That is not sustainable. Investors are itching to get that cash off the sidelines and into the game, and that’s a lot of built-up firepower to be unleashed as they do.
Incredibly low valuations are attracting some of that cash. You can invest in some high-quality blue-chip companies whose stocks are trading at just 3X or 4X earnings. That’s unheard of except in the rarest of circumstances, like right now. Not only is a lot of the downside risk already priced in, but upside potential in the recovery becomes even greater.
I am also encouraged by signs that the dollar is weakening. I know currency valuation isn’t very exciting, but a weaker dollar helps companies that sell their products or services internationally. This will ultimately help their earnings and their stock prices.
I would also point to investor sentiment, which has been historically low. Sentiment is one of those contrarian indicators. By definition, the more extreme sentiment gets – bullish or bearish – the closer we are to a reversal. That can take time, but it is ultimately a positive indicator for the market.
Eric’s conclusion is that the market has made “enough of a bottom” that investors can do very well buying quality stocks now. There are some attractive bargains out there at current prices.
They could go lower after you buy them, but that is always a possibility. And right now, there is a lot less downside risk in many individual stocks than there was earlier this year or even a couple of weeks ago.
We’ve talked about this before, but it’s important, so we’ll give the last word to Eric. In the current Investment Report issue, he told his readers…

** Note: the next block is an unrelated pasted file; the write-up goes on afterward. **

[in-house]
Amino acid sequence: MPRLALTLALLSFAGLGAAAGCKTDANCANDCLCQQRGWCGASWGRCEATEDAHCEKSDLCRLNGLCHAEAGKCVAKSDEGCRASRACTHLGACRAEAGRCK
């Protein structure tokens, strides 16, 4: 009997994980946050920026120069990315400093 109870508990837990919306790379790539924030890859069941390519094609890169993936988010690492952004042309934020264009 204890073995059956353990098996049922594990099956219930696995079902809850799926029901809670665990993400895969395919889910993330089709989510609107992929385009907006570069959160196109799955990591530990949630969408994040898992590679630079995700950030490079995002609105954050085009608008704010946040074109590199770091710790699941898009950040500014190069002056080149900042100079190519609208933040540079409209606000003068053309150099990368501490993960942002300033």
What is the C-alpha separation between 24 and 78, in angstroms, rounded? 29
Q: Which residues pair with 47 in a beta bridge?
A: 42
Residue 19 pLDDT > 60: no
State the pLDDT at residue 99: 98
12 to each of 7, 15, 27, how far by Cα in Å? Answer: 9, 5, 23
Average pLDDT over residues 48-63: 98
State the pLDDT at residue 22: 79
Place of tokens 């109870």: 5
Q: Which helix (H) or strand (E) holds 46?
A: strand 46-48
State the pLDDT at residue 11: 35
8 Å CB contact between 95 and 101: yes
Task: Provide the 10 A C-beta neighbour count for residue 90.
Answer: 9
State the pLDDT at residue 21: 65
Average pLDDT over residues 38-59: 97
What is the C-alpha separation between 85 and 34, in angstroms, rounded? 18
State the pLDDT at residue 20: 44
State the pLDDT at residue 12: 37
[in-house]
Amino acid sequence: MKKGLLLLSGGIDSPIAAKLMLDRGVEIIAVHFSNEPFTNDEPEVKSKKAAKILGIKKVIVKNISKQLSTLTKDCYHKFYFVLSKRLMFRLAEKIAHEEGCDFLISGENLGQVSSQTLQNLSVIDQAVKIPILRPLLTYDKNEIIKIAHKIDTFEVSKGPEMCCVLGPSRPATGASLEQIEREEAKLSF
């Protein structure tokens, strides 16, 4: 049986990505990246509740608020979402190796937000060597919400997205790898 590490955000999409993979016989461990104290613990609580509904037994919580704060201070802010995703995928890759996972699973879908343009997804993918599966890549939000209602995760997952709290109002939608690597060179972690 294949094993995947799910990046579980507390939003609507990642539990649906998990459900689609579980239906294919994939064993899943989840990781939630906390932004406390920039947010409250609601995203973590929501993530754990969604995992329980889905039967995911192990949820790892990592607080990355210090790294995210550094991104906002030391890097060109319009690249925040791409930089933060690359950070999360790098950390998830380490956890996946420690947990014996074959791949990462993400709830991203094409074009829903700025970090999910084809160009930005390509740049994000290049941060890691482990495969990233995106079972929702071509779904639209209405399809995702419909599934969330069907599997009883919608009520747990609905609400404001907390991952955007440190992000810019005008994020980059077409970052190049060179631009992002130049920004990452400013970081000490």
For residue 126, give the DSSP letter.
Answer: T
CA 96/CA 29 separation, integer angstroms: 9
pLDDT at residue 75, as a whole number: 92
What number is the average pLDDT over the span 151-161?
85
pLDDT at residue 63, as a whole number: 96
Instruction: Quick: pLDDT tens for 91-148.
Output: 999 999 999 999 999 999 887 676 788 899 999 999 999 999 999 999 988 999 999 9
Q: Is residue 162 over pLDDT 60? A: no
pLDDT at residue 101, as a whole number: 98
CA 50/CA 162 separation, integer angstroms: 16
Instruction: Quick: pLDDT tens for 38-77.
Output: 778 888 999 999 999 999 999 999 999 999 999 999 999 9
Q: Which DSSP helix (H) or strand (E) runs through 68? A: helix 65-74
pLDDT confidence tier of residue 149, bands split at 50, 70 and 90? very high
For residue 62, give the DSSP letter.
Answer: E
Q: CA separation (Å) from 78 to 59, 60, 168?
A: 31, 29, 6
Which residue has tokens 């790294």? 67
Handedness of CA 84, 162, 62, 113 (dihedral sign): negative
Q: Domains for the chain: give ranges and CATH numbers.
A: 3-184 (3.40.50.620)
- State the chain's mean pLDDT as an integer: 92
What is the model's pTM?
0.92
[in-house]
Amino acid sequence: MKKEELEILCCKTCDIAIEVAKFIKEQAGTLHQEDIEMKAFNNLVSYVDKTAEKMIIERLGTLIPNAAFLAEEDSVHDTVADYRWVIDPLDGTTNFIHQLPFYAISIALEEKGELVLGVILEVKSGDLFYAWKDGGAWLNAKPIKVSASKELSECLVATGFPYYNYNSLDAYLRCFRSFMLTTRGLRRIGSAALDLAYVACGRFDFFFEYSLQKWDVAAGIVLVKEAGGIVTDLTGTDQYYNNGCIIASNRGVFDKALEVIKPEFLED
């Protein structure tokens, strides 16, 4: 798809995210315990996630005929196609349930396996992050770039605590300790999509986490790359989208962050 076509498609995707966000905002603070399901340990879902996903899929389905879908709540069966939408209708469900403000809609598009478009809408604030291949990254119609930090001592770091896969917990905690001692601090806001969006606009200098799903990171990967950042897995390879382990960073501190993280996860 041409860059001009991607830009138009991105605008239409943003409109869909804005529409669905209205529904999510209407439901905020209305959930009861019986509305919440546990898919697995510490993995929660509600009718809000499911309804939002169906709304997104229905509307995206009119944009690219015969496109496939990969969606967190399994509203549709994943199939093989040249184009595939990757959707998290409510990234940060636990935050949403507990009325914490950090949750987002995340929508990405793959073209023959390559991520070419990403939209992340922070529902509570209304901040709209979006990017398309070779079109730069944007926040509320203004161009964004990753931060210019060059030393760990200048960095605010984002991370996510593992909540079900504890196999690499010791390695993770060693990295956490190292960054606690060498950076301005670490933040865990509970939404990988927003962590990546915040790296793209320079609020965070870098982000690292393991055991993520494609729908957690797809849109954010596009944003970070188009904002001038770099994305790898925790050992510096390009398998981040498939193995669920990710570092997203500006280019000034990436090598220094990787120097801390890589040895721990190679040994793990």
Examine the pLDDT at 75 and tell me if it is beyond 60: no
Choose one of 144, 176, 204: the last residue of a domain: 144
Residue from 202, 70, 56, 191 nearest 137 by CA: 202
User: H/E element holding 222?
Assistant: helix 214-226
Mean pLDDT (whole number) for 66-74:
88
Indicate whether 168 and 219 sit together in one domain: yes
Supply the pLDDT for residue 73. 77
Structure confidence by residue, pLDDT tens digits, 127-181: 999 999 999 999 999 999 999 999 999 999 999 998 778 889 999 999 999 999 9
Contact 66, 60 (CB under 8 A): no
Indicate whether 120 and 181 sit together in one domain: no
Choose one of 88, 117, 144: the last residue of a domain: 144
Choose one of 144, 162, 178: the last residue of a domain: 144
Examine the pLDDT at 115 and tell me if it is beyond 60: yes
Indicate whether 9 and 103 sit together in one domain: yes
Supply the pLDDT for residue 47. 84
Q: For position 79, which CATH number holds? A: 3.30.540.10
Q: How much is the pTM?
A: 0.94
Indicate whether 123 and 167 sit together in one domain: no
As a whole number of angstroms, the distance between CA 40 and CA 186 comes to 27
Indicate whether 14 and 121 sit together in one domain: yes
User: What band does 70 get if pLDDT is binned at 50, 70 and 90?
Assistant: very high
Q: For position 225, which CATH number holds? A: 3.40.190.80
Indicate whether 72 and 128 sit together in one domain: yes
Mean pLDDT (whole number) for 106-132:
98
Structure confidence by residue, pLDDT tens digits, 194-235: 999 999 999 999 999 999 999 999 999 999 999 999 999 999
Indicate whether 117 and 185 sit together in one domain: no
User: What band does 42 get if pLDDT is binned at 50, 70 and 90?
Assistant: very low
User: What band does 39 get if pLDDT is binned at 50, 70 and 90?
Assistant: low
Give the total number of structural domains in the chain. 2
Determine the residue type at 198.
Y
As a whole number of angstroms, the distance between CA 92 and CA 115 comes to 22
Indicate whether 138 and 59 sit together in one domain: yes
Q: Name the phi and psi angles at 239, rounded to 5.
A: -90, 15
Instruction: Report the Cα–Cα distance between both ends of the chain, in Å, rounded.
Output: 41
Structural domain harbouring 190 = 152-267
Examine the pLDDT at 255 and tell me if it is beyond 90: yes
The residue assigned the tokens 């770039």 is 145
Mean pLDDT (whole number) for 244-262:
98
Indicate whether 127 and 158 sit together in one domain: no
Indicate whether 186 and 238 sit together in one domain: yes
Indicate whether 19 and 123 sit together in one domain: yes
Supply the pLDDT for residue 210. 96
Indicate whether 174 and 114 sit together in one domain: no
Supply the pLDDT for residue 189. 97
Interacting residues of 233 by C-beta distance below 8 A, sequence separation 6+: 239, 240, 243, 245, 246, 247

I expect the stock market to post a strongly positive return between today and the end of the current rate-hike cycle.
To be sure, investing during a deep bear market is a messy, chaotic, and nerve-racking endeavor. But these gut-wrenching moments are the ones that provide outstanding gains… eventually.
1,000% gainers take root in these kinds of markets, even though they might take their sweet time germinating and blossoming.
Eric’s newest recommendation in Investment Report is a good example of a blue-chip stock that’s cheap right now. It is the largest U.S.-based producer in its industry, and it is trading for just five times this year’s likely earnings. From this low valuation, Eric sees substantial upside potential – both over the next few months and over the next few years.
Whether October ends up being a bear-market killer or not, you can slay your own bear by positioning yourself those kinds of profits in the future.
P.S. In this tough year for investors, Eric’s focus on megatrends, valuation, and managing risk have helped his Investment Report portfolio remain positive.
His latest recommendation that’s now buyable at such a low valuation is still in his designated buy range. Click here to learn more about how you can join Fry’s Investment Report today to get the full story on this stock as well as access to all of his current recommendations.
On the date of publication, Eric Fry did not have (either directly or indirectly) any positions in the securities mentioned in this article.